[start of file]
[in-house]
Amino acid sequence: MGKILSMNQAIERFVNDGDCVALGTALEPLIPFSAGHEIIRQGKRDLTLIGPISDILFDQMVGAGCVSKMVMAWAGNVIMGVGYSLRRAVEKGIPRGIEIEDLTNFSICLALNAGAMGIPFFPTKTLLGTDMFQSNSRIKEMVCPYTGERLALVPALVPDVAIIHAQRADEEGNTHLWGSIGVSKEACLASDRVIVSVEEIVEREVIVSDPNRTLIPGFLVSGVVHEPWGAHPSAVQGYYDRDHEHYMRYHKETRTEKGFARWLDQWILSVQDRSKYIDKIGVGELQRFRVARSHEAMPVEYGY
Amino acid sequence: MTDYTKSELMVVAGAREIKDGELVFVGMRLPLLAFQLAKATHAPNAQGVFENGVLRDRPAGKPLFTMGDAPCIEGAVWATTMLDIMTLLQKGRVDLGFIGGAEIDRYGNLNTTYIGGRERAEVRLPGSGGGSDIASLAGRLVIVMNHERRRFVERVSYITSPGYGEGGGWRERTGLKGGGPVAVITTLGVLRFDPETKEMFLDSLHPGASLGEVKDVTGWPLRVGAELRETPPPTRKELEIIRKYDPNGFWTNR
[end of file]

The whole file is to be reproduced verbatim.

[in-house]
Amino acid sequence: MGKILSMNQAIERFVNDGDCVALGTALEPLIPFSAGHEIIRQGKRDLTLIGPISDILFDQMVGAGCVSKMVMAWAGNVIMGVGYSLRRAVEKGIPRGIEIEDLTNFSICLALNAGAMGIPFFPTKTLLGTDMFQSNSRIKEMVCPYTGERLALVPALVPDVAIIHAQRADEEGNTHLWGSIGVSKEACLASDRVIVSVEEIVEREVIVSDPNRTLIPGFLVSGVVHEPWGAHPSAVQGYYDRDHEHYMRYHKETRTEKGFARWLDQWILSVQDRSKYIDKIGVGELQRFRVARSHEAMPVEYGY
Amino acid sequence: MTDYTKSELMVVAGAREIKDGELVFVGMRLPLLAFQLAKATHAPNAQGVFENGVLRDRPAGKPLFTMGDAPCIEGAVWATTMLDIMTLLQKGRVDLGFIGGAEIDRYGNLNTTYIGGRERAEVRLPGSGGGSDIASLAGRLVIVMNHERRRFVERVSYITSPGYGEGGGWRERTGLKGGGPVAVITTLGVLRFDPETKEMFLDSLHPGASLGEVKDVTGWPLRVGAELRETPPPTRKELEIIRKYDPNGFWTNR